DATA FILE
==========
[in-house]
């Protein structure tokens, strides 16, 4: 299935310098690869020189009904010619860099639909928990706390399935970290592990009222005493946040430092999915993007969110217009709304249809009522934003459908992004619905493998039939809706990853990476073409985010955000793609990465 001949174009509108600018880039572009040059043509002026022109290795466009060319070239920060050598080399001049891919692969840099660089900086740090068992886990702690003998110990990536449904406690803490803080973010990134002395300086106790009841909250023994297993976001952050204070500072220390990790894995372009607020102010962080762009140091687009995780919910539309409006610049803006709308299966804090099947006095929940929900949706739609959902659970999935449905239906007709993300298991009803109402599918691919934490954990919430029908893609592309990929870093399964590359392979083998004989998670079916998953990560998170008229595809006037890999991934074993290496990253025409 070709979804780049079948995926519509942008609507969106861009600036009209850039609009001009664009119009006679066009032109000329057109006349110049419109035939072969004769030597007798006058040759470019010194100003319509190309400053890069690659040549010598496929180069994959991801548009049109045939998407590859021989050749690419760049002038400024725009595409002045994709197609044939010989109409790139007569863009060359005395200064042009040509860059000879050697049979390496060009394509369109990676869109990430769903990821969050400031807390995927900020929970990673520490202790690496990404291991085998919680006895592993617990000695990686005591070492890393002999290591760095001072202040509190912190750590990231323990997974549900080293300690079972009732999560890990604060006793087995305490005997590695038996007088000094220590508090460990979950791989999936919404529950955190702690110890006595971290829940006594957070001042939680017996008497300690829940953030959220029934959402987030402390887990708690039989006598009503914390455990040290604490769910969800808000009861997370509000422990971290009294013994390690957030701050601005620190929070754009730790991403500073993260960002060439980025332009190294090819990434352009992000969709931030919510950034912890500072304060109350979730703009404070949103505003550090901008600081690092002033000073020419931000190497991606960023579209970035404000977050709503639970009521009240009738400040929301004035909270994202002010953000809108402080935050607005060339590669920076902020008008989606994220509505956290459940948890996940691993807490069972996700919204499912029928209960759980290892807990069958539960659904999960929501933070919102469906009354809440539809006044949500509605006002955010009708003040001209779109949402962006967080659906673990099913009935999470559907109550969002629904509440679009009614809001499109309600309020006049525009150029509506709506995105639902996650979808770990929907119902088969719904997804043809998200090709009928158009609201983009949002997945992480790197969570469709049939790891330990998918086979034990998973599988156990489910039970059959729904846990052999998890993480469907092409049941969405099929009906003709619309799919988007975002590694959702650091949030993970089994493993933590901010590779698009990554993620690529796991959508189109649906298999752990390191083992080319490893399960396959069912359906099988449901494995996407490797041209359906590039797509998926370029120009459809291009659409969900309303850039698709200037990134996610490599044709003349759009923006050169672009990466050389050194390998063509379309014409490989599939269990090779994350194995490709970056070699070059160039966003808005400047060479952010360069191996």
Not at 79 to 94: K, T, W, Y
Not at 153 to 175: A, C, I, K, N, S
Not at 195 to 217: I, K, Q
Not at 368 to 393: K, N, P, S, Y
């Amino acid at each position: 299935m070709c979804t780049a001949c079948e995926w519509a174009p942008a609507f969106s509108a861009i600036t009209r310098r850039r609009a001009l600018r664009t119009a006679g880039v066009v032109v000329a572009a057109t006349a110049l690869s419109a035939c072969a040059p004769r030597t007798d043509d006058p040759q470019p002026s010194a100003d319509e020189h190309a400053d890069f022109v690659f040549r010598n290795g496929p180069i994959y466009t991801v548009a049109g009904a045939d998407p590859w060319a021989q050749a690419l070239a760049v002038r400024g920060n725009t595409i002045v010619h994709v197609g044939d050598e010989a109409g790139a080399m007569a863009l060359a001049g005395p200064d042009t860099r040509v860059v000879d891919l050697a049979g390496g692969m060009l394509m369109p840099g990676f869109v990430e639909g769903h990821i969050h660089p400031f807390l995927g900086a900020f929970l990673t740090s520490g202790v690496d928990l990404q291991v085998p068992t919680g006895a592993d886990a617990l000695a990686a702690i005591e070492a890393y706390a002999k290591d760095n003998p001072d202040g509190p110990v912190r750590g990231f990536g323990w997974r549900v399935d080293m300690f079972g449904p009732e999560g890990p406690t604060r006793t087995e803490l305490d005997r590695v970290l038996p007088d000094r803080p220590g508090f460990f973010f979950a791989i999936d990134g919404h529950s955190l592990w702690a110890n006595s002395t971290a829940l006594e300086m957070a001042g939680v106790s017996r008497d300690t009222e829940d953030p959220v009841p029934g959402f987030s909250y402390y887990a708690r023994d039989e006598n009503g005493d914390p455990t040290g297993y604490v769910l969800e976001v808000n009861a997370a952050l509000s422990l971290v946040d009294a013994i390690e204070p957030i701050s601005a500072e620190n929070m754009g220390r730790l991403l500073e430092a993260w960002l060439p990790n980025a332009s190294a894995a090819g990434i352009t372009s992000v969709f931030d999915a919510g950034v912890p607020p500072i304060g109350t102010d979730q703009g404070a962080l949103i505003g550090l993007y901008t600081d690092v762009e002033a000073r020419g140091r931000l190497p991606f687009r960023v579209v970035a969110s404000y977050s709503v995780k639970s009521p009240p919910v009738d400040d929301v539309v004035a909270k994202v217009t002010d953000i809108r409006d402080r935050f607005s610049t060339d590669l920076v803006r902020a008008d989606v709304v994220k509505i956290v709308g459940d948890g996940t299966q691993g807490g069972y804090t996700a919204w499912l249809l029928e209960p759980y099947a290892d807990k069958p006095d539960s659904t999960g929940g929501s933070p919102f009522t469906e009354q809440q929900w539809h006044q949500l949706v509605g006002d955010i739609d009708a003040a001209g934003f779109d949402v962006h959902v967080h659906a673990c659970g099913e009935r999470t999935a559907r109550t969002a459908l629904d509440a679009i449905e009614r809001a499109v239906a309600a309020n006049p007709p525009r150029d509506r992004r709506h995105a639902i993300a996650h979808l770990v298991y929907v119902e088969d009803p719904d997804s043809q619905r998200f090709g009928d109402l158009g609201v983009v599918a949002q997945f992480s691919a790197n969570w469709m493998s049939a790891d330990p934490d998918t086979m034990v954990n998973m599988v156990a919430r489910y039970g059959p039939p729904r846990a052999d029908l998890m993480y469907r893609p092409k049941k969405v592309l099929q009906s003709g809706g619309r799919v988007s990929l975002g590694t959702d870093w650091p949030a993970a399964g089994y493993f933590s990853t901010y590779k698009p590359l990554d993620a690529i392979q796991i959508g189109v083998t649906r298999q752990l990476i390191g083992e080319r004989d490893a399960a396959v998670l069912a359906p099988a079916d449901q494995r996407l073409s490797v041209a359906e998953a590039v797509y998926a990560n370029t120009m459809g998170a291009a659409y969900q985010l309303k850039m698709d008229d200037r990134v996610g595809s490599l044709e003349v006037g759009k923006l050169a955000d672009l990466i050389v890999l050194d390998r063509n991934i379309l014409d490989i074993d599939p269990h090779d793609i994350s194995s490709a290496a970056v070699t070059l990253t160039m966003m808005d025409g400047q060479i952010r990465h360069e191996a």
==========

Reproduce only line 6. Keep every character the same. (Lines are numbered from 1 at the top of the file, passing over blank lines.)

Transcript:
Not at 368 to 393: K, N, P, S, Y